From the first pitch of Game 1 to the final out of the Royals' 7-2 victory in Game 5 on Sunday night, the 2015 World Series left its mark as one of the most compelling five-game Fall Classics in baseball history.
Though it may not be reflected in the final results with the Royals winning the Series at 4-1 and outscoring the Mets 27-19, baseball fans were treated to five wildly entertaining games of stellar pitching performances, clutch hitting and thrilling moments. For those five games, the Series momentum felt as if it could quickly shift from one dugout to the next.
This Fall Classic was just the second in baseball history to feature multiple extra-inning contests of at least 12 innings, with the Royals edging past the Mets in a 14-inning Game 1 marathon and later winning the title in extras in Game 5 after a ninth-inning rally.
The Mets won just one game in the Series but held a lead at one point in all five games, with the Royals coming from behind in each of their four wins. Three of those Kansas City comebacks came in the eighth inning or later, making the Royals the first team ever to win three such games in a single World Series, according to Elias Sports Bureau.
"We never quit," said World Series MVP Salvador Perez. "We never put our heads down. We never think about, OK, the game is over. No. We always compete to the last out."
Here's a look at three other Fall Classics from the last 30 years that were also far more competitive than the final results would indicate:
1988: Dodgers vs. Athletics
In 1988, the World Series delivered one of the most iconic moments in baseball history -- Kirk Gibson's pinch-hit walk-off homer.
Gibson, still hobbled from leg injuries suffered in the National League Championship Series against the Mets, stepped into the box with a runner on, two outs and the Dodgers trailing by a run, in need of a miracle. And Gibson delivered just that, launching a two-run homer deep into right field for the win.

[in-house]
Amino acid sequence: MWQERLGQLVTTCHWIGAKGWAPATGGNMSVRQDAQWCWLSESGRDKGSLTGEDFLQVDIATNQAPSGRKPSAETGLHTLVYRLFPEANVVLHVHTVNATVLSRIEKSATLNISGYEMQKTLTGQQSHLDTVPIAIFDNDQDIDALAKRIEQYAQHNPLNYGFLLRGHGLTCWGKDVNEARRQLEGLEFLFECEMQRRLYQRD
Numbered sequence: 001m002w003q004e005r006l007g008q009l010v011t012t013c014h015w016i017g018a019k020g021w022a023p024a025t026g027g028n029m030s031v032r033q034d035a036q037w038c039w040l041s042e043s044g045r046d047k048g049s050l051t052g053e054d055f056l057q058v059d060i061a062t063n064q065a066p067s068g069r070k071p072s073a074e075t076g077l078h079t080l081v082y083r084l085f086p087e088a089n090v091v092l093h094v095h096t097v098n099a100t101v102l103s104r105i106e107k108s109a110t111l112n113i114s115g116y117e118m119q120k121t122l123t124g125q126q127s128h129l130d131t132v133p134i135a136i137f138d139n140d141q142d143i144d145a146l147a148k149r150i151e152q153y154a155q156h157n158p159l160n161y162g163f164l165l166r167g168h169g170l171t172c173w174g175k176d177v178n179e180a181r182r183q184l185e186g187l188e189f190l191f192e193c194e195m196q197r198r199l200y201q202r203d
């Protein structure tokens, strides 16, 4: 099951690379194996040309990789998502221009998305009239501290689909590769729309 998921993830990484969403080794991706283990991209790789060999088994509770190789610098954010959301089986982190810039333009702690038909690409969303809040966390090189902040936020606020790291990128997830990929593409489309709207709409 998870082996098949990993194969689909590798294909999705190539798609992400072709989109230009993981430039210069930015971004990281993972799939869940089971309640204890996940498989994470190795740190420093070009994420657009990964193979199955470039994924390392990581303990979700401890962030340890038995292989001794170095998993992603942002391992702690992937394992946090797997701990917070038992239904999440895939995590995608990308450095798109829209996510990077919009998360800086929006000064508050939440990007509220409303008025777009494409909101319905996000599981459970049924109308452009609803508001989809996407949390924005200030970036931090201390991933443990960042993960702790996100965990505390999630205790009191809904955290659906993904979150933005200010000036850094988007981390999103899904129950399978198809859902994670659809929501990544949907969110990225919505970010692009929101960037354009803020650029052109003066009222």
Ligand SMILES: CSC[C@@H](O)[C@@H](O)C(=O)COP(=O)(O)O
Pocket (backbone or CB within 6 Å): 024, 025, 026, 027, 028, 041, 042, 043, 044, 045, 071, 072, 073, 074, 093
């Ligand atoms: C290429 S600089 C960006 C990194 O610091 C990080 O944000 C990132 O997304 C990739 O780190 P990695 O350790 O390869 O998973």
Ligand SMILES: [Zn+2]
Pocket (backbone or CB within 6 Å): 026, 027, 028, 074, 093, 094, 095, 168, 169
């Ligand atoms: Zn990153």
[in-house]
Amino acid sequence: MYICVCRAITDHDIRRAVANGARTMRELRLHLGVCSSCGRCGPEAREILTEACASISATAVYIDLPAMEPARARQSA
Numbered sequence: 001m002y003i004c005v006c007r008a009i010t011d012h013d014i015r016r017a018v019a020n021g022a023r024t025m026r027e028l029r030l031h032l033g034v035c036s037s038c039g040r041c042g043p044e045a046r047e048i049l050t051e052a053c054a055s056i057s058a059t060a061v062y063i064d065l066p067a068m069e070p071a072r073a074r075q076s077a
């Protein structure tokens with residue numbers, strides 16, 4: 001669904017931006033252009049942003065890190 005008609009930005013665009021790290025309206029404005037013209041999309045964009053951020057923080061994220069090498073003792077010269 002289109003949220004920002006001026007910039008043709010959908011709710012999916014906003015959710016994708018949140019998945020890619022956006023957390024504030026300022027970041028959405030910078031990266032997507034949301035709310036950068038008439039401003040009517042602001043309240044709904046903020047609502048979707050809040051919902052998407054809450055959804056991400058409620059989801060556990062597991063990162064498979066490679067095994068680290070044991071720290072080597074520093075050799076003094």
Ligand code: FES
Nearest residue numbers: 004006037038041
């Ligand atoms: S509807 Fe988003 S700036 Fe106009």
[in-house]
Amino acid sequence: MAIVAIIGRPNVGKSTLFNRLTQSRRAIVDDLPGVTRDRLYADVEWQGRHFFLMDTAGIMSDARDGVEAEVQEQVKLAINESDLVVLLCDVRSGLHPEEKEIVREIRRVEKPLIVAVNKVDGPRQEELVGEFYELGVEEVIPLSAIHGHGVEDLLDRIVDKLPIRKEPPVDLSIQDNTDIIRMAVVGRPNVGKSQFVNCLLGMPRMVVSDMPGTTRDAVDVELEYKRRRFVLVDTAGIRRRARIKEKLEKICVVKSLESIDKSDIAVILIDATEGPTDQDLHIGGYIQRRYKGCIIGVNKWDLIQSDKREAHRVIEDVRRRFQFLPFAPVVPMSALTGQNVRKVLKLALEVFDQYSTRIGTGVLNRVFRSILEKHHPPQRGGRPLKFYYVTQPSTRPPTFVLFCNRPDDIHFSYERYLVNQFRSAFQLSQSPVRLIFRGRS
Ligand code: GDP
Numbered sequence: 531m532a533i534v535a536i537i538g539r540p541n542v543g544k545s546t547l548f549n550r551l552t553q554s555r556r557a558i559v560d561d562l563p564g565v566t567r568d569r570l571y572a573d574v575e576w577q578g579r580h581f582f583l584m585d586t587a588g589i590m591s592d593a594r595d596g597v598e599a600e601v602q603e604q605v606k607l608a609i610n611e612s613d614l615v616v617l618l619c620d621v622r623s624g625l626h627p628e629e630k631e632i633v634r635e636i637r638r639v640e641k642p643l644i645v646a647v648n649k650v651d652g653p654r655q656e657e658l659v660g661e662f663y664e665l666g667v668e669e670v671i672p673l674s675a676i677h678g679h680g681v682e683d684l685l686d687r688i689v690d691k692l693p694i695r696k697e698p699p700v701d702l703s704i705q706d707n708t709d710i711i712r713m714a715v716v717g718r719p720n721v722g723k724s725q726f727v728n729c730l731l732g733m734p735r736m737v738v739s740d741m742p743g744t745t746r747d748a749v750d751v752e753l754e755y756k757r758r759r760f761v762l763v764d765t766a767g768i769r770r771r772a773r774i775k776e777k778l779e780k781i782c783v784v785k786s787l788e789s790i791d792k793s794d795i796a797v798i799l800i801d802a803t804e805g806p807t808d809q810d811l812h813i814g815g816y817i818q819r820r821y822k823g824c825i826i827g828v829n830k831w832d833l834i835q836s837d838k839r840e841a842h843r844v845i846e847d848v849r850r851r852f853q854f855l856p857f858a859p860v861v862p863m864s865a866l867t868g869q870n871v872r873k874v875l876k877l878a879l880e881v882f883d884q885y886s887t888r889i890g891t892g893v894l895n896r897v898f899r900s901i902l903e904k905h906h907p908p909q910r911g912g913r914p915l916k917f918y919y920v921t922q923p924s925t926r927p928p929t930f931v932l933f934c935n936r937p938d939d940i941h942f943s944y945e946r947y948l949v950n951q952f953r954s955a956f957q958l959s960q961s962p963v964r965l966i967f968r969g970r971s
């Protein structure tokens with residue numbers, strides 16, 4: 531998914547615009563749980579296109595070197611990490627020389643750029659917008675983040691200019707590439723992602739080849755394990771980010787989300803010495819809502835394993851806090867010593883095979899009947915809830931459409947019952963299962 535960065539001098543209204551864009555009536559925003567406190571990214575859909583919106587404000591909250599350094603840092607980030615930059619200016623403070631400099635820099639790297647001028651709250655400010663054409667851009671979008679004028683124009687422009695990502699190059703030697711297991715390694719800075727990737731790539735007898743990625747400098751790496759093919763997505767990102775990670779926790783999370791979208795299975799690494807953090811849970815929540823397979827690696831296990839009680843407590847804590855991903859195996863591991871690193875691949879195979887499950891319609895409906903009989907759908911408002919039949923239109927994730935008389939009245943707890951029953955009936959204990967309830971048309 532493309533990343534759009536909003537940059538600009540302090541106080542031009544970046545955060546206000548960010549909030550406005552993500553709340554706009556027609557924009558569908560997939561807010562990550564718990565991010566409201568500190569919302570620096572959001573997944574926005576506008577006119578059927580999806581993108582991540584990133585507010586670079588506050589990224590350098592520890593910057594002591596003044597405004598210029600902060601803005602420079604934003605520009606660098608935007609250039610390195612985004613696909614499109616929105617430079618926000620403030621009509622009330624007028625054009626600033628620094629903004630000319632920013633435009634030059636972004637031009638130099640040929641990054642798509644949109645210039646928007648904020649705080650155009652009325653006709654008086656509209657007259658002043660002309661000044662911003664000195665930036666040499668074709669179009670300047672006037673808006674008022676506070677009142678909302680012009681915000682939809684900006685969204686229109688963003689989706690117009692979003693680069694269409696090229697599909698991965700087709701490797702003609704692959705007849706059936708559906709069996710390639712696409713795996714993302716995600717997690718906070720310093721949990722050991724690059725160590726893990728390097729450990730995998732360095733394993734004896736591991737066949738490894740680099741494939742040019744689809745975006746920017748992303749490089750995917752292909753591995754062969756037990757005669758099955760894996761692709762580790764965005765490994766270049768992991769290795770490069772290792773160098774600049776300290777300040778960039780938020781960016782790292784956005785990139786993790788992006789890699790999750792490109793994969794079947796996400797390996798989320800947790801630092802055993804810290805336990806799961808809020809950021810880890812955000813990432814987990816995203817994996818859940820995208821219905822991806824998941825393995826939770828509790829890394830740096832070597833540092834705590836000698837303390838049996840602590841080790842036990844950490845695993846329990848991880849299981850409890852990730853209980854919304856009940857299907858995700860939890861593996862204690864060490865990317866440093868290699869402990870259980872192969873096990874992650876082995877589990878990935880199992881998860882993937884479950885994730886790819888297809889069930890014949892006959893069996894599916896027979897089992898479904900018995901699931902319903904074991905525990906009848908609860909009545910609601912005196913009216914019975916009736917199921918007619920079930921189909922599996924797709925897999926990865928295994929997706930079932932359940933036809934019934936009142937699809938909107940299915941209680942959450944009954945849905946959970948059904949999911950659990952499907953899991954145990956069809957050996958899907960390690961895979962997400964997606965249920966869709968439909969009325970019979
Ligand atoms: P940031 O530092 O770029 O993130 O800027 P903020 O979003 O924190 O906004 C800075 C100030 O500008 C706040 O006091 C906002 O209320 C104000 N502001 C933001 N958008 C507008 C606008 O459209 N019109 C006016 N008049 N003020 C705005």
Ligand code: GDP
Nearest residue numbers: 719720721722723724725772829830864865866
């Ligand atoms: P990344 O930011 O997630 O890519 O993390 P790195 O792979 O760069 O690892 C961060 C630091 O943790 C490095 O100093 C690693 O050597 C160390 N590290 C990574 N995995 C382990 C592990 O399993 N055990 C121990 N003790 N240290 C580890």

While it's certainly the most celebrated, Gibson's walk-off homer wasn't the only highlight of this brief five-game Series. Orel Hershiser tossed an impressive complete-game shutout in Game 2, surrendering just three hits and a pair of walks, and Mark McGwire came through with a walk-off homer of his own, handing the A's their lone win in Game 3.
Hershiser was back out on the mound mound again in Game 5, pitching a second complete game and picking up World Series MVP honors as his Dodgers won their fifth championship since moving to Los Angeles.
2000: Yankees vs. Mets
The 96th World Series divided the nation's largest city as the Mets and Yankees clashed in New York, where every game in the series was decided by two runs or fewer.
The Yankees, making their fourth appearance in the Fall Classic in five years, won in five games, completing the first three-peat in professional sports since Michael Jordan's Chicago Bulls in 1996-98.
The crosstown matchup was packed with excitement from the get-go, as the Yankees pushed the Mets to extras in Game 1, winning it on Jose Vizcaino's walk-off single in the 12th. The drama spilled over to Game 2, when the Yankees fended off a five-run, ninth-inning surge from the Mets to preserve a 6-5 win.
The Mets managed to take Game 3, bringing the Yankees' 14-game World Series winning streak to an end, but were soon eliminated as the Yankees won back-to-back games at Shea Stadium for the 2000 title.
2008: Phillies vs. Rays
The 2008 World Series was won by the Phillies, who narrowly bested the Rays in hard-fought five games, bringing a second championship to Philadelphia.
Four of the five games were decided by two or fewer runs, and Games 2, 3 and 5 each were settled in the seventh inning or later, including one walk-off. With the series knotted at 1-1, Carlos Ruiz handed the Phillies a 5-4 win in Game 3 with a walk-off single in the ninth.
This World Series was also notable for the first and only suspended game as rainy weather pushed the conclusion of Game 5 back two days later, with play resuming in the top of the sixth.
Chad Thornburg is a reporter for MLB.com. This story was not subject to the approval of Major League Baseball or its clubs.